10. The Kingfisher Leisure Centre
This is one of the Eastern Region's premier indoor water-based leisure facilities. This impressive building overlooks Friars Meadow and the start of the Valley Walk.The pool has a shallow beach area, a wave machine and flumes. Other attractions include a sauna and spa bath, sunbeds, Harper's fitness gym and a refreshment area offering both hot and cold food. There is also a creche where Centre users may leave young children for up to 2 hours. Ample free parking. 01787 375656
11. The Quay Theatre
Sudbury's own theatre and home of Sudbury Dramatic Society which puts on regular performances. The SDS is a talented amateur group that recently won 'Best Play' in The National Drama Festival Awards. You can enjoy evening entertainment here with a stimulating programme of drama and music, by local performers, touring companies and individual artists. The theatre has a bar upstairs, open lunchtimes and evenings, with views over the river. The bar and foyer provide a venue for constantly changing art exhibitions. The Theatre occupies a restored Georgian warehouse standing on a backwater of the Stour. 01787 374745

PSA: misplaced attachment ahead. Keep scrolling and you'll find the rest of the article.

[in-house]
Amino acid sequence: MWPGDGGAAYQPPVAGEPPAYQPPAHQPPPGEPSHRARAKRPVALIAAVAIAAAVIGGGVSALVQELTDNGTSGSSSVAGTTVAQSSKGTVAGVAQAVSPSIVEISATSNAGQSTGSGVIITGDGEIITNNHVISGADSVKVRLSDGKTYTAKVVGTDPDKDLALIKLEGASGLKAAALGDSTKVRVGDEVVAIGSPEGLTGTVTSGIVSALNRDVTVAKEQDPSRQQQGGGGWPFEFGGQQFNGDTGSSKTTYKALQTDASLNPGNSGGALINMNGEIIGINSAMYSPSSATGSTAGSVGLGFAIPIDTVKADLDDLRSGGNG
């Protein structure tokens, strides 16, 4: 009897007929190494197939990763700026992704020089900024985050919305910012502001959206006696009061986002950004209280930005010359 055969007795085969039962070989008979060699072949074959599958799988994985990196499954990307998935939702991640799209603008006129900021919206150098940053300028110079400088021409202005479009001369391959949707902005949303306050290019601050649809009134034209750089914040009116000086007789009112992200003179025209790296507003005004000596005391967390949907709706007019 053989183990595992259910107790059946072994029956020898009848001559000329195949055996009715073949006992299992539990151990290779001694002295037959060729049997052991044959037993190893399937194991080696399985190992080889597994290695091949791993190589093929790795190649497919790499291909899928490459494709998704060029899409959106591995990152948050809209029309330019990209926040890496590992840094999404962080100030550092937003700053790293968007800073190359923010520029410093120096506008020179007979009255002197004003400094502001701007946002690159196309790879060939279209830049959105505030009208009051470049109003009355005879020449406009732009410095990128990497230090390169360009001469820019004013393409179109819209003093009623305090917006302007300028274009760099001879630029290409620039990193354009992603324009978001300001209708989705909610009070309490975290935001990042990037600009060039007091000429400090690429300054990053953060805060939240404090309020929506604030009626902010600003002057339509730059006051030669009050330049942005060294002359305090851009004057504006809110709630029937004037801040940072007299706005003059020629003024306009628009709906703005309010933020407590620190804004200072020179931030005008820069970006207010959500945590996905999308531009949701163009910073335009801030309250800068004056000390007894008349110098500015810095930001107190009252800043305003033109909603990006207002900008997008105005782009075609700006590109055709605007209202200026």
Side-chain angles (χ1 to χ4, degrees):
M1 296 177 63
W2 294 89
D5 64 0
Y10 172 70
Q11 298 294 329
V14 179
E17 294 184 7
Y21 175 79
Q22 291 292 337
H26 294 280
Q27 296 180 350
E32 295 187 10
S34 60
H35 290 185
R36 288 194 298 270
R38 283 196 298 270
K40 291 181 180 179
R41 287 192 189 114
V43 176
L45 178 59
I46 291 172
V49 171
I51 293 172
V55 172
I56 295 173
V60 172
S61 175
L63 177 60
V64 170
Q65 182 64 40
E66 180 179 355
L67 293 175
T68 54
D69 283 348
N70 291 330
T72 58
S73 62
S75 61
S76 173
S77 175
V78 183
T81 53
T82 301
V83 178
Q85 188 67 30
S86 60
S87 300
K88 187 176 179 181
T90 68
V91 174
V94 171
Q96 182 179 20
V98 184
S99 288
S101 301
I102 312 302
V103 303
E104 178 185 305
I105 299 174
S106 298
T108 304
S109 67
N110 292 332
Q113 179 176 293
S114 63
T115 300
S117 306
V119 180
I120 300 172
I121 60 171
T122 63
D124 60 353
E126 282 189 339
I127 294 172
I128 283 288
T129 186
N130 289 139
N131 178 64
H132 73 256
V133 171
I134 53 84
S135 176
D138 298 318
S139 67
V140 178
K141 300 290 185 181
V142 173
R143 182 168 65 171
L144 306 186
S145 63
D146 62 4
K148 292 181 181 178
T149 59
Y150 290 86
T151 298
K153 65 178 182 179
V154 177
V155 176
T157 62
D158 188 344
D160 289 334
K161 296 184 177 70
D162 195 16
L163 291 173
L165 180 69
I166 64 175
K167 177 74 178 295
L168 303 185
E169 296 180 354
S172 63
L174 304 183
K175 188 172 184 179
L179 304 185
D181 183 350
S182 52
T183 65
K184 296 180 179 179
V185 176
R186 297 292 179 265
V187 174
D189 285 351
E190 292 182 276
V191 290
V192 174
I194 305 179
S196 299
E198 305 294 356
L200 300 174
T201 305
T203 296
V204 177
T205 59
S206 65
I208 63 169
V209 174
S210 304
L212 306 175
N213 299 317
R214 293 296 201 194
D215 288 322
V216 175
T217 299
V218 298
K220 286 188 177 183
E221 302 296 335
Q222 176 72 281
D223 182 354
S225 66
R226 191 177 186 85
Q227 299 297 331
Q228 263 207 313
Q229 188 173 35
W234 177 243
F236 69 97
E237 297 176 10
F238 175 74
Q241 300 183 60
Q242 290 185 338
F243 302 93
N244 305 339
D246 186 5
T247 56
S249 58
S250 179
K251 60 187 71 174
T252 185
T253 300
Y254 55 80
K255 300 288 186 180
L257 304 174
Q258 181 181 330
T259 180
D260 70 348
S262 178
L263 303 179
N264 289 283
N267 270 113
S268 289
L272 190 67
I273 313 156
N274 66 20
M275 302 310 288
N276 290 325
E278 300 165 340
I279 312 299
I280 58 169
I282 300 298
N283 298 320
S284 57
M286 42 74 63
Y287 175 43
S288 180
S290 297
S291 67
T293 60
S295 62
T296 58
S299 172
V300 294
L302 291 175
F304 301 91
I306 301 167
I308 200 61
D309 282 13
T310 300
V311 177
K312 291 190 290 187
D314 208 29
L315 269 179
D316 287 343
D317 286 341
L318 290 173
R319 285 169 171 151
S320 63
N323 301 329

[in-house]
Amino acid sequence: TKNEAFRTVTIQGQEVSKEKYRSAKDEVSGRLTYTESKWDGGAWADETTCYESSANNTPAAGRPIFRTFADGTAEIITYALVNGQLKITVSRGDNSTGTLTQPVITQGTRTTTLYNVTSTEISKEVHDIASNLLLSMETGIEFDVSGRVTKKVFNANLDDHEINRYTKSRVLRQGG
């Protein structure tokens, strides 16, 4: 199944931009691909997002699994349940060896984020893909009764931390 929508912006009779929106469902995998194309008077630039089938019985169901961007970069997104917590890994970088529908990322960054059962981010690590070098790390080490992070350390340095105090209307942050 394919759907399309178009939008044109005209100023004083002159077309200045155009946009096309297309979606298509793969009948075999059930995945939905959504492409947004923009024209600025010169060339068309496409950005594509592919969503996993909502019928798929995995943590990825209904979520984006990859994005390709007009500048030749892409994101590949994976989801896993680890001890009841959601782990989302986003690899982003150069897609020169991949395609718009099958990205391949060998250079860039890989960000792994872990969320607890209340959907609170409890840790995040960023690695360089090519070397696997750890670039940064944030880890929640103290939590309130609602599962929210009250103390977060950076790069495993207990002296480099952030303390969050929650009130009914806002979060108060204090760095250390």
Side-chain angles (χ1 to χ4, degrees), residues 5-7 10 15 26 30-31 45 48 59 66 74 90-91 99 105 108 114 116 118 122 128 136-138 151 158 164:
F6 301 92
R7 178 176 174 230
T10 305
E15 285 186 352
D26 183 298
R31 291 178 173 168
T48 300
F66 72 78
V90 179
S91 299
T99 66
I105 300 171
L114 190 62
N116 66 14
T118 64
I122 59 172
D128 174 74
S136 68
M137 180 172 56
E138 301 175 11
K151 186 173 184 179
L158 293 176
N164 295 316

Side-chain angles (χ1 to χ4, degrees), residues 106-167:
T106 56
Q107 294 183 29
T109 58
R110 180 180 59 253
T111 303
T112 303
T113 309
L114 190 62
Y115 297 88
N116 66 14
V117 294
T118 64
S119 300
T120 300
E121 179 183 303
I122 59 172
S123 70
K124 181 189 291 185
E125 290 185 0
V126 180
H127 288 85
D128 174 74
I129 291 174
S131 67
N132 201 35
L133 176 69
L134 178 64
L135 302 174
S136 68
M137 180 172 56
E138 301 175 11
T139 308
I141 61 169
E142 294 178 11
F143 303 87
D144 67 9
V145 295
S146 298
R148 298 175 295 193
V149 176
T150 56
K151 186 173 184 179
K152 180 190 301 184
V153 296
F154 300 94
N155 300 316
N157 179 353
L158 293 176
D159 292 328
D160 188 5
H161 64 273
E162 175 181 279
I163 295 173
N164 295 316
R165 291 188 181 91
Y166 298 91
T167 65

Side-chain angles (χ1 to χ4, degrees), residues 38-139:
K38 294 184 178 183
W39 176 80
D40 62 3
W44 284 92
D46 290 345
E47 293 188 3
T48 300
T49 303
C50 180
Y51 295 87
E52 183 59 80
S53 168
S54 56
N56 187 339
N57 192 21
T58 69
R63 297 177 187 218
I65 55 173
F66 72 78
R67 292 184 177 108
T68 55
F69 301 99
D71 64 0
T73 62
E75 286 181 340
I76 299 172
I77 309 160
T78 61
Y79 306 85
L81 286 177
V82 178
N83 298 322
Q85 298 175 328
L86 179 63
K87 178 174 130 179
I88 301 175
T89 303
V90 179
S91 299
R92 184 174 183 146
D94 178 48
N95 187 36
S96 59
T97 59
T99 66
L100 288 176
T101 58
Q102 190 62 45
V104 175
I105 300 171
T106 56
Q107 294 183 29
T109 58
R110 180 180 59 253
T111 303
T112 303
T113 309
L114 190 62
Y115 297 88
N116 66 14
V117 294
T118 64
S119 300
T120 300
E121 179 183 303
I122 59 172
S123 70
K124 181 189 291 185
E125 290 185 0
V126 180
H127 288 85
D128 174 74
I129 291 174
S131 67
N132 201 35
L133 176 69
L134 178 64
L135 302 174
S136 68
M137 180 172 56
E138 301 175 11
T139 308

12. The Granary
Standing just across from the Theatre is another restored warehouse - the headquarters of The River Stour Trust. The Trust's electric launch, Rosette, carries visitors down the river to Cornard Lock or on to the 'Henny Swan' (a riverside pub, 3 miles down stream). Light lunches and home-made cakes are available on the veranda, overlooking the river cut and the building also houses the Sudbury Riverside Exhibition and Museum. Open, Easter to September - Sundays & Bank Holidays, with occasional special events. 01787 372602
13. All Saints Church
The fine 15th Century tower of All Saints dominates the western approaches to the town. The church itself is set hard up against a sharp corner in Church Street with the old Vicarage on the north side. In the tree-lined churchyard is the Gainsborough family tomb. It is certainly worth getting the key to the church. Inside there is a beautifully proportioned nave, each arch decorated with shields, floral devices and crowns. There is also a rare pre-Reformation pulpit and a finely carved set of screens.
14. Ballingdon Bridge